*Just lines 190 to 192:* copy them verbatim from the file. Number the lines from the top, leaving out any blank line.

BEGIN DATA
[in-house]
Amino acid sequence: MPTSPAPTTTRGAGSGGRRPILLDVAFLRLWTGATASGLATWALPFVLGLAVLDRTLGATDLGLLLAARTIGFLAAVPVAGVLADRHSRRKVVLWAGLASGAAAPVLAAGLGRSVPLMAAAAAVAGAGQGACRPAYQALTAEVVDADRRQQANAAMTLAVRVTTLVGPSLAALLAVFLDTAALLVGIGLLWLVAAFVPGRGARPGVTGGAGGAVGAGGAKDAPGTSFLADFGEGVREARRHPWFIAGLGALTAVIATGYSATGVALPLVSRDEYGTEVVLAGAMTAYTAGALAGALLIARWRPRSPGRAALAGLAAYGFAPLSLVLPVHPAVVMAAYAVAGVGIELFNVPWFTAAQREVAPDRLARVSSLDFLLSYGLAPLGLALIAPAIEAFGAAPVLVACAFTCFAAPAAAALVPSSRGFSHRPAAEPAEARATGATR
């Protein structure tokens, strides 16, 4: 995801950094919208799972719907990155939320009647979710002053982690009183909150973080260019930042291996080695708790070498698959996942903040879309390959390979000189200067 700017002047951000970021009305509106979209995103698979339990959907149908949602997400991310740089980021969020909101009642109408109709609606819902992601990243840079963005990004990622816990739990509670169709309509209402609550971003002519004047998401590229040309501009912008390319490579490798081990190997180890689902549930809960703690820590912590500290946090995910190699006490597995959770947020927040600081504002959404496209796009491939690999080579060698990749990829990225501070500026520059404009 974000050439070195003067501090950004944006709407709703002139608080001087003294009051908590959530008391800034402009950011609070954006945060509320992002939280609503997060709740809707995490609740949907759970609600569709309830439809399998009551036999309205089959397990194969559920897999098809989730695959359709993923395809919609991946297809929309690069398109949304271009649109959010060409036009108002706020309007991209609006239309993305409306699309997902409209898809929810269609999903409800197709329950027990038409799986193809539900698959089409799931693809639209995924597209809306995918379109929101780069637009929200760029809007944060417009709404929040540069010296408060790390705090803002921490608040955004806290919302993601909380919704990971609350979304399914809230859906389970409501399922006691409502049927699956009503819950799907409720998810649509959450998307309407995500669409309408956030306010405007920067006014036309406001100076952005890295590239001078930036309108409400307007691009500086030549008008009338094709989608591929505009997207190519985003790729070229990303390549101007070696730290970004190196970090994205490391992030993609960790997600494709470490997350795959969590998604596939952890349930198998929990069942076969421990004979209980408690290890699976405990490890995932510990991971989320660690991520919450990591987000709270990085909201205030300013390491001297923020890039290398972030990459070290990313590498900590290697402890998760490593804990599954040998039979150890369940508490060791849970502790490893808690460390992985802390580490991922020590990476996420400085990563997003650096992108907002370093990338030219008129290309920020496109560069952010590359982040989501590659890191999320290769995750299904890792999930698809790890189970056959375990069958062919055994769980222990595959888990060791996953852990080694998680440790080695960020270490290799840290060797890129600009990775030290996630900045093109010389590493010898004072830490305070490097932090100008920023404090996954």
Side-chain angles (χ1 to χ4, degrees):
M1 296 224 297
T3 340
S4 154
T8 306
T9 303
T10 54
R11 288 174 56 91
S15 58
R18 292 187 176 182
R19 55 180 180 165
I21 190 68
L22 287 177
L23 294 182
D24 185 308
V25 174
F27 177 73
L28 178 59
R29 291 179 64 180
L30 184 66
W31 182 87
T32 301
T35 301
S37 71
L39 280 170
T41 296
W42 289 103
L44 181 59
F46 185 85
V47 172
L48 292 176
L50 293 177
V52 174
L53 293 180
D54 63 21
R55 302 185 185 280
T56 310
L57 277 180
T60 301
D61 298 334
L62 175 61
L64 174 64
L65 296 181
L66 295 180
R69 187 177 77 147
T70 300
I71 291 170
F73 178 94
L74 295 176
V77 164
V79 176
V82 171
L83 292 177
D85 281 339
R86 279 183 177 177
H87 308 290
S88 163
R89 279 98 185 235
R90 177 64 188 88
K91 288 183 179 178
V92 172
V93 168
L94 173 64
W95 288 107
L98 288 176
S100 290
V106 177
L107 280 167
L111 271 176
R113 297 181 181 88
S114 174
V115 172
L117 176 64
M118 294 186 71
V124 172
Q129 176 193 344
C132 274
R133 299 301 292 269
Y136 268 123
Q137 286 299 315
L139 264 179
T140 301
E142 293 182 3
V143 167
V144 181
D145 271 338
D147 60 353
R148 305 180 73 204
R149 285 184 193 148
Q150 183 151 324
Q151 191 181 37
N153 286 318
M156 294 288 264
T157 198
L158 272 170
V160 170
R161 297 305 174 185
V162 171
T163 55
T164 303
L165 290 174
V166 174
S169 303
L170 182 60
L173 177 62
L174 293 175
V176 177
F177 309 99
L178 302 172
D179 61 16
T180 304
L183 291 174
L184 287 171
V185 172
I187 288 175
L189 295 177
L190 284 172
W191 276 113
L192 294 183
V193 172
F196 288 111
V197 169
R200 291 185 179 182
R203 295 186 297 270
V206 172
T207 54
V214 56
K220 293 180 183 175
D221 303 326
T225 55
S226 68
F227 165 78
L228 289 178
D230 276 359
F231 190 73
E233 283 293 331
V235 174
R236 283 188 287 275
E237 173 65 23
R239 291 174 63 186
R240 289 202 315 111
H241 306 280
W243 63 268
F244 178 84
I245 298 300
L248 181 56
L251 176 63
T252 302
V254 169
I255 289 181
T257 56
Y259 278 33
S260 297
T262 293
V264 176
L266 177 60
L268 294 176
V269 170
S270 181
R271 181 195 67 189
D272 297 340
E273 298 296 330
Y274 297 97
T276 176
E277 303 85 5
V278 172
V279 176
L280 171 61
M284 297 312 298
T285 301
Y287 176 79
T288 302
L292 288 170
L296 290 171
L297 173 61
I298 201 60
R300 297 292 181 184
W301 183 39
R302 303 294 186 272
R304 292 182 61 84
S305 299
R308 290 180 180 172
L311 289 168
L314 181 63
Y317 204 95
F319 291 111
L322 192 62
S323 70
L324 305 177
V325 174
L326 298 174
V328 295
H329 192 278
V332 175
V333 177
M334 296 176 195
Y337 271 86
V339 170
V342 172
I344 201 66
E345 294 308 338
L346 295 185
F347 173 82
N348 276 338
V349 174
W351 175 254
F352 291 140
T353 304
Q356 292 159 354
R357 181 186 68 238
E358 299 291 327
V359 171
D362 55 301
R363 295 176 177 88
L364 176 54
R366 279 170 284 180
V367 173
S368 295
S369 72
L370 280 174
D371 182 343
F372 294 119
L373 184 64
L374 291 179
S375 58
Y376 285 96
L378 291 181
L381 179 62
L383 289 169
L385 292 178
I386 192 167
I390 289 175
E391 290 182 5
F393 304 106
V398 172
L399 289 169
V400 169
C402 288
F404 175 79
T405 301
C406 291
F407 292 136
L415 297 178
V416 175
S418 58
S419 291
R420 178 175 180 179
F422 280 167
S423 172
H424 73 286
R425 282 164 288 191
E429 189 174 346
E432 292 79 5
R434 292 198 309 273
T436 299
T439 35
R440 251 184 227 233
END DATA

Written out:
L322 192 62
S323 70
L324 305 177